Overcoming Judgment, Acceptance, and Burlesque

This was a post I have wanted to write for a lot of reasons but have always put off for also a lot of reasons. As I am digging through all of my Halloween costumes, I am reminded of something else.

*deep breath*

I was a burlesque dancer for almost 10 years. Technically, I would still be a burlesque dancer, if not for public shows being limited. The last performance I did was about a year ago for Halloween. What is burlesque? Burlesque, by definition, is meant to be a parody, a performance, an art. It does not necessitate stripping or sexuality, but those are tools that may be used in the show. There are almost always legal regulations about what can or cannot be presented, the same as most other performance art. Burlesque has a long history but within the last century includes celebrities like Mae West, Lili St. Cyr and Gypsy Rose Lee. Neo-burlesque includes Dita Von Teese.

I have been advised, since the time I started performing, not to tell anyone about it. It could be seen as a negative, as a means to judge me. People might hear about it, talk about it, and make a decision about the type of person I am based on what they know or (more importantly) do not know about burlesque. My career could be limited!!! I know I have one former workplace where I haven’t been in years but it is still a source of gossip. [Side Note: My epilepsy is also a source of gossip there]

Of all the various posts I have, why THIS subject for the blog?!

Dancing is something I am proud of. I’ve been in festivals. I’ve been part of troupes. I’ve made really great friends. I have amazing costumes and props (everything from a question-mark-cane to five-foot feather fans). It’s where I started to learn to do costume makeup. I’ve gone on stage and been able to make people laugh with the pop culture references or just general comedy. I’ve probably performed in as many burlesque shows as I have run half- or full marathons.

I’ve heard an employment adviser tell people with epilepsy not to disclose their medical condition during a job interview (an opinion which I think is garbage). Years ago I was warned not to let anyone know that I am a burlesque dancer. That were two major parts of my life that I hid for a long time, for fear of judgement. At what point, do we fear judgement so much that we just become shadows of ourselves and lose all the enthusiasm and energy that makes us who we are? I can’t stop being epileptic but I could give up on burlesque. But I never did.

I also don’t hide it very well. First off, glitter is really hard to get clean off. Second, I’m usually so excited about the costume or the performance that I talk about it. Hence, the room for judgement. What I take out of that conclusion though is that there are people where they are more afraid of someone who isn’t afraid to challenge themselves, that it becomes their issue. Isn’t the classic trope of “worst nightmare” to be undressed on a stage in front of people you know?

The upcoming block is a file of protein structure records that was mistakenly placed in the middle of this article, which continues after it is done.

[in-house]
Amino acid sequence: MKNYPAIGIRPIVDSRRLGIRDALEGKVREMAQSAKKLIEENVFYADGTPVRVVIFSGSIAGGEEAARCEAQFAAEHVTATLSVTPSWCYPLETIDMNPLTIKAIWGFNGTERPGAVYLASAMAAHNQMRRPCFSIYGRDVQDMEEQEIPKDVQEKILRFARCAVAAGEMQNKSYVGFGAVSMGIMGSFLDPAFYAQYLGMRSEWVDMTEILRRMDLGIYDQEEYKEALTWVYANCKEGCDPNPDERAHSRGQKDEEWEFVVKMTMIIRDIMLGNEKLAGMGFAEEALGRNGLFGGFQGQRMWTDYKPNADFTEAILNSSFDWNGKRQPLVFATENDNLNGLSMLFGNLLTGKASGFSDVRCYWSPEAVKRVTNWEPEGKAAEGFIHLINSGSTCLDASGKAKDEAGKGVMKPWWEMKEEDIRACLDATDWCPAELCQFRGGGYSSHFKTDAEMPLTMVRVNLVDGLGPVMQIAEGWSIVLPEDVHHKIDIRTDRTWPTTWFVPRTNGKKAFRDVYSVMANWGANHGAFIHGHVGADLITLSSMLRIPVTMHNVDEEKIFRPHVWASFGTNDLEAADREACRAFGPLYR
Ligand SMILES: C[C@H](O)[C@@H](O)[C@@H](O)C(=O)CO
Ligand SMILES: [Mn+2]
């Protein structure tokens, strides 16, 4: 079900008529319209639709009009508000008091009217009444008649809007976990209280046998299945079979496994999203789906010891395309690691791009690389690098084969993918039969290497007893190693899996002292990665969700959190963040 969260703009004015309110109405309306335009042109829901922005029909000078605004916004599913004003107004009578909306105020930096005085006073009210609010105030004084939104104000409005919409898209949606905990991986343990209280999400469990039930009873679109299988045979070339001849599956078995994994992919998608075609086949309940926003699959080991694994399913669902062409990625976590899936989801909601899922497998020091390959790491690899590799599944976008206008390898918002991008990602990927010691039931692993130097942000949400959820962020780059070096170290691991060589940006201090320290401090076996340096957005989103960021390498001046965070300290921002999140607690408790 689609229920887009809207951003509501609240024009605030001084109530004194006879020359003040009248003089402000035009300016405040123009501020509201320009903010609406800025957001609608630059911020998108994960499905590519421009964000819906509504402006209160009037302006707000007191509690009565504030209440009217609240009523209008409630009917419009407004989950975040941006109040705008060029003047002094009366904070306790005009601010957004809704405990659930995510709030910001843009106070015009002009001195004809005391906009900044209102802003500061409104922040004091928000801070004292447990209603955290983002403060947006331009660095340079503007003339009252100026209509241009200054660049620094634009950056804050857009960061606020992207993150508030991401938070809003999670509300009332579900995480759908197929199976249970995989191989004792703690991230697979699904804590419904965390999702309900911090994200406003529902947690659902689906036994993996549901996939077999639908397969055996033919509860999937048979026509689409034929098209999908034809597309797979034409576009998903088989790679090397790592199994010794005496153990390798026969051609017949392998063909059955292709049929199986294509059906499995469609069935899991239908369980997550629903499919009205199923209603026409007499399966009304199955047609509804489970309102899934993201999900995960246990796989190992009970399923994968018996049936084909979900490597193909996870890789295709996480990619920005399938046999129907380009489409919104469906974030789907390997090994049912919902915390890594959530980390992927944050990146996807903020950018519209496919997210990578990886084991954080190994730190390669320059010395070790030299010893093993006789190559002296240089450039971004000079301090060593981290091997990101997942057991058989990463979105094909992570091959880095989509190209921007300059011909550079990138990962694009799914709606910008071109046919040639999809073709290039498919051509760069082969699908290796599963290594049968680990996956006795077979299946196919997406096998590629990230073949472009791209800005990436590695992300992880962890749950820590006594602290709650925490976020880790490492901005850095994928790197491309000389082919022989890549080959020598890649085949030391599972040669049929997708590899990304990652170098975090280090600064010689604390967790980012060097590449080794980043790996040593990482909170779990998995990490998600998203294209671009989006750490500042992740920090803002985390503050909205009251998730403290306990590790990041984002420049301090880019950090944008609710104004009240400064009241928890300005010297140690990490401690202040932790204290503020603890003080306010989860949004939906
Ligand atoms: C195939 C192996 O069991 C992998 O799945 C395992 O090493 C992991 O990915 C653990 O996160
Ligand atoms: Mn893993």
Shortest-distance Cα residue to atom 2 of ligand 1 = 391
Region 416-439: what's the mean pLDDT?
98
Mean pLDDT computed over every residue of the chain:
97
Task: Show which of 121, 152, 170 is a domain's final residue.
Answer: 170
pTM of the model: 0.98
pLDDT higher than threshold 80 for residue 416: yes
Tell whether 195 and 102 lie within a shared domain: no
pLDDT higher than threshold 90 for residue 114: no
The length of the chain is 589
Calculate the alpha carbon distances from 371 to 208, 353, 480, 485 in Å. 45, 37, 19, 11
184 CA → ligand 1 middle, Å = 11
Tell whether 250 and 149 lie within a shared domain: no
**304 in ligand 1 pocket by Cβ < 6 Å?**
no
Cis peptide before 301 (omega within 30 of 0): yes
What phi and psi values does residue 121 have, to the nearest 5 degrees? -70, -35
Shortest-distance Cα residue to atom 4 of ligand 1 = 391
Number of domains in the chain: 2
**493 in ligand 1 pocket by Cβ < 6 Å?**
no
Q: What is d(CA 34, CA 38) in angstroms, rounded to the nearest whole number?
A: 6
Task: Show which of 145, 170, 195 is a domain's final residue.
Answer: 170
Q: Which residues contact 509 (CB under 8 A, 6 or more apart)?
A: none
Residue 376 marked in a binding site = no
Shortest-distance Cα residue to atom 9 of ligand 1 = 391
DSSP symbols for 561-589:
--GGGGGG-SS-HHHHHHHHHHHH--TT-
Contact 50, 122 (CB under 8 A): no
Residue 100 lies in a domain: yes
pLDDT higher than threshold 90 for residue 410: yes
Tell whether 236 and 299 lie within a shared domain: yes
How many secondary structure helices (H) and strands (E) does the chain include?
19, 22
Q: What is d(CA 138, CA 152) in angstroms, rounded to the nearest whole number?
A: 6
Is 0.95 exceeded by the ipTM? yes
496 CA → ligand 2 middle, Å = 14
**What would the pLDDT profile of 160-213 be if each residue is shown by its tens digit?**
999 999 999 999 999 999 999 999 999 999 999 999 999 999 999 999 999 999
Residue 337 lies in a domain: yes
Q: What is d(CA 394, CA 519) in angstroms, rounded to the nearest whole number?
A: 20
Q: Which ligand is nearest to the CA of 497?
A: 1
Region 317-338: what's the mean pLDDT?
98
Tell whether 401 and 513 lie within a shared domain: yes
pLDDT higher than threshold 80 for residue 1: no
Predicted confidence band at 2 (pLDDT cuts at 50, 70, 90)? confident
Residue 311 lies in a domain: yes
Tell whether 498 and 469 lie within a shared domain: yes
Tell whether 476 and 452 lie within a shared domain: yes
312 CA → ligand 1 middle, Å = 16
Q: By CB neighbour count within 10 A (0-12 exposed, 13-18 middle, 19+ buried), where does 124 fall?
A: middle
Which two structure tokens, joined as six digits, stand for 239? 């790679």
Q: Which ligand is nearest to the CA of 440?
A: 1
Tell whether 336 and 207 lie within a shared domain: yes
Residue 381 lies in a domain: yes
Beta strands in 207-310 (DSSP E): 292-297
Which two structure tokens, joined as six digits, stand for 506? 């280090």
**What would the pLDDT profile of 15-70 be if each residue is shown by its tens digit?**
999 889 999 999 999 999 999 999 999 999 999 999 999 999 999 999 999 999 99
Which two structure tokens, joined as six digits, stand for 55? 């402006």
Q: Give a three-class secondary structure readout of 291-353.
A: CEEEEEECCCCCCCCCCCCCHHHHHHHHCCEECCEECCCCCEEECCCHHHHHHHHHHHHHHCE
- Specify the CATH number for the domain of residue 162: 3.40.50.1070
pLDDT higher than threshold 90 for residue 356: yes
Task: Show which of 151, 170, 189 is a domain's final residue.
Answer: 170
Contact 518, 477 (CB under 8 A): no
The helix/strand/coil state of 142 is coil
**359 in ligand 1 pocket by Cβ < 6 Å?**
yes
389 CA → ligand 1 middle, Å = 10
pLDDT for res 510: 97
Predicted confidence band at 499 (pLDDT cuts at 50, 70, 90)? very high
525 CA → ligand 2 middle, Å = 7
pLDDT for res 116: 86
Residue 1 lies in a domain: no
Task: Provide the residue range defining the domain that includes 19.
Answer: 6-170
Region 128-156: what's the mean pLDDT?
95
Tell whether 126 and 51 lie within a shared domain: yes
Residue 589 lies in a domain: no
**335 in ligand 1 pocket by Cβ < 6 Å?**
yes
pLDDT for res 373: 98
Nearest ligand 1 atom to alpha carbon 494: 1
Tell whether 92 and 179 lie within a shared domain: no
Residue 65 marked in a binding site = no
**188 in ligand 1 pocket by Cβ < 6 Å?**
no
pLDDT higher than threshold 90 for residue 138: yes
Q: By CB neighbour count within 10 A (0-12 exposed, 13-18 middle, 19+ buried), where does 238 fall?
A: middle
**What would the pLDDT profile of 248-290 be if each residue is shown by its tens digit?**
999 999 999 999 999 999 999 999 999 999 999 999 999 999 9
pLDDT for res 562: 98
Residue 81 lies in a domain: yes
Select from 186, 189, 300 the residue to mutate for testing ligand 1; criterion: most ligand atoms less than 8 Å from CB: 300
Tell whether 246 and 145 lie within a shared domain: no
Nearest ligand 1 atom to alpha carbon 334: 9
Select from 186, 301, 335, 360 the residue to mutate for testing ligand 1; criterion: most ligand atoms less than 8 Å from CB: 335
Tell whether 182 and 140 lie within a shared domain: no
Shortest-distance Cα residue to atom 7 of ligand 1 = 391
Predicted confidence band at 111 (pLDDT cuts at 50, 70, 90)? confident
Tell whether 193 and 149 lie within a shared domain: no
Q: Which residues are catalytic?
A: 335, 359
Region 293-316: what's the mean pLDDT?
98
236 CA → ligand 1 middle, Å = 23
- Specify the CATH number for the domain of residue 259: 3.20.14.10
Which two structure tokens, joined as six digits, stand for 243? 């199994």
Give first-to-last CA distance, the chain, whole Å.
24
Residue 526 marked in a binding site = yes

Lastly, what about the disability? When I get on a stage, not only am I a performer, I’m a performer with a disability. As part of the community, I became close to people to learn more and I found that there were a lot of people who were experiencing conditions, permanent or temporary. In my case, there were times where I had a seizure backstage. If it was beforehand, I couldn’t necessarily go up on stage but the community was supportive. If it was afterwards, I still had that backing from other performers.

I may be making my own judgement here but what is the perspective about what it means to have a disability? To be a person with a disability? What do we look like, what can we do? I won’t try to speak for everyone but I know that as a person with a disability, I can also be a burlesque dancer. I have made costumes, I coordinate my choreography, I take deep breaths before stepping up on stage. I am a person with a disability and I perform burlesque. The audience sees a representation of the Cheshire Cat, not a person with epilepsy. When I’m up there, I’m not hiding my condition. I’m embracing it knowing that I am more than just my condition and that I have no fear. Anyone, myself included, can be fabulous and still have a disability.

How strong is the idea of judgement that some people never pick up a feather boa, no matter how much they want to? It’s Halloween. Even if we can’t go to a party or trick-or-treating, this is the time to get fabulous. Be dramatic. Take that first step. Embrace the glitter.

Also as an FYI, I have an Instagram account. I will start posting things about running, epilepsy and everything else but I am starting with Halloween zombie makeup. Check it out here.

Overcoming Judgement, Acceptance, and Burlesque